Sadly, I’m running a bit short of time the fall evening, so I’ll have to make this one brief. However, I do not come empty-handed. Tonight I’ve managed to round up for you the part 1 and part 2 OVAs for the English subbed release of Battle Angel Alita, apparently released in the US as ‘Gunnm‘ (which was news to me, actually).
Heh. This may be some sort of twisted personal best, but I’ve just discovered that a Google search for ‘Dystopian Anime’ now returns this column on both pages 1 & 2 ( who knows, maybe others too, I got bored).
Leaving aside what that actually might imply about my posting, in honor of this achievement we’ll take a little departure this evening into the just purely off-kilter, as opposed to the slightly more linear and focused oddities that my coverage usually entails.
I recall some years ago, during the midst of my redbull-fueled Netflix addiction, one evening the nascent BoL Consortium was debating the wisdom of watching a movie. Alas, the only thing we had at our disposal was an as-yet-unheard-of by any of us anime by the name of Gantz. Within the first few minutes, there were several yelps from the back of the room in addition to some notable cringing. As Cash Money put it to me recently, “It starts bizarre and crass. And ends bizarre, crass, and unexplained.”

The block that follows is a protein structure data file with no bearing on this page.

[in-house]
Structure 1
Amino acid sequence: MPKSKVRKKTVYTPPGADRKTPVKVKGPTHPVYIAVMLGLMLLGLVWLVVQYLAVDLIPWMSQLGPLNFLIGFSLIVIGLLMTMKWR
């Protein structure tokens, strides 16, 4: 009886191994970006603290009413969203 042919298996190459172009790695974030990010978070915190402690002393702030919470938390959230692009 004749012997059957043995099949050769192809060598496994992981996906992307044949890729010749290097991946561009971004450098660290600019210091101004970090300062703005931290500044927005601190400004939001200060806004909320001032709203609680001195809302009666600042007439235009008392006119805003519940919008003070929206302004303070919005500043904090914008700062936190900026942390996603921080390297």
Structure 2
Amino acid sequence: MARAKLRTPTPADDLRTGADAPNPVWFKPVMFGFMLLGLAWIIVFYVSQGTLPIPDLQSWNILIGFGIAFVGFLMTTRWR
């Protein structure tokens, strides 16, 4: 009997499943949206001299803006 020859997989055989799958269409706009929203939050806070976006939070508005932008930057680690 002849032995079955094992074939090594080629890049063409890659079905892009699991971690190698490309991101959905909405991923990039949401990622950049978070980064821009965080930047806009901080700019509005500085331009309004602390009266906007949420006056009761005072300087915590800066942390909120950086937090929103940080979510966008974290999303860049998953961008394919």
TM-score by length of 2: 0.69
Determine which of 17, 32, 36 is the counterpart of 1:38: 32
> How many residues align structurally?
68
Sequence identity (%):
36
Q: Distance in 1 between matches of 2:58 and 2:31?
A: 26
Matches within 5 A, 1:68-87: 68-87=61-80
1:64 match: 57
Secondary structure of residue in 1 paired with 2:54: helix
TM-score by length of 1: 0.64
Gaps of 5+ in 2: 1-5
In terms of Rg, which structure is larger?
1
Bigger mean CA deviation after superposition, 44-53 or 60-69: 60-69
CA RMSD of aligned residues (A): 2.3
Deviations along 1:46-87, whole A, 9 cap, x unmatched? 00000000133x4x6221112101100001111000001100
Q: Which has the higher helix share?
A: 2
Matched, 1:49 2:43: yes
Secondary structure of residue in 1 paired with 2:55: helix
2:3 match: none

While his description is utterly on the mark (and I’ve had more than a few cringe-worthy moments myself with this series), nevertheless there are probably a few guilty moments of that internal monologue we’ve all had at one point or another. In a sense I appreciate the attempt to make the characters sympathetic by being unlikeable. It’s a tactic that has served a number of authors well (I’m looking at you Chuck Palahniuk!), and sort of a staple of the modern sense of absurdism. It’s interesting to see it translated to the anime form. [Read more →]
Below you’re likely to find a 5min preview of Kim Moon-saeng‘s masterpiece Wonderful Days (released dubbed in the US as Sky Blue), one of the most top-notch and best produced examples of Dystopian anime I’ve come across in ages (Thanks Matt!). Sadly, the original Korean subbed version, in all it’s stunning feature length goodness, appears to be only hosted by Veoh; who want you to download their particular player. Stuff like that always makes me more than a little squirrely.
This is one of those exceedingly rare times that I’m going to tell you its worth it.
Ok, ok. You may have already seen this one as it was fairly widely released in the US. But that doesn’t detract from its loveliness. What does detract from its loveliness is the fact that it somehow ended up as a PS2 game. I’m still scratching my head over that one; done properly it could have turned out to be a tour-de-force, but ended up being a bit of a rote shooter. Nevertheless, the storyline (once it gets going) is a dystopian dream. Not, of course, the bits with all the shooting but rather the character development over the course of the series, which is on par with many of the longer running anime out there. Mafia controlled mega-corporations, human enhancement, gutter-punks rising to riches, all abound in Gungrave.
We’ll bring it back a little tonight, to some of the more traditional themes cyberpunk was designed to address. Dystopia as an exploration of consciousness, being-ness, and the development of transhumanism. Nakamura‘s Serial Experiments Lain. The consequences of living in a post-human society; one in which we have moved beyond the constraints imposed upon by biology. In a cute Japanese anime form no less!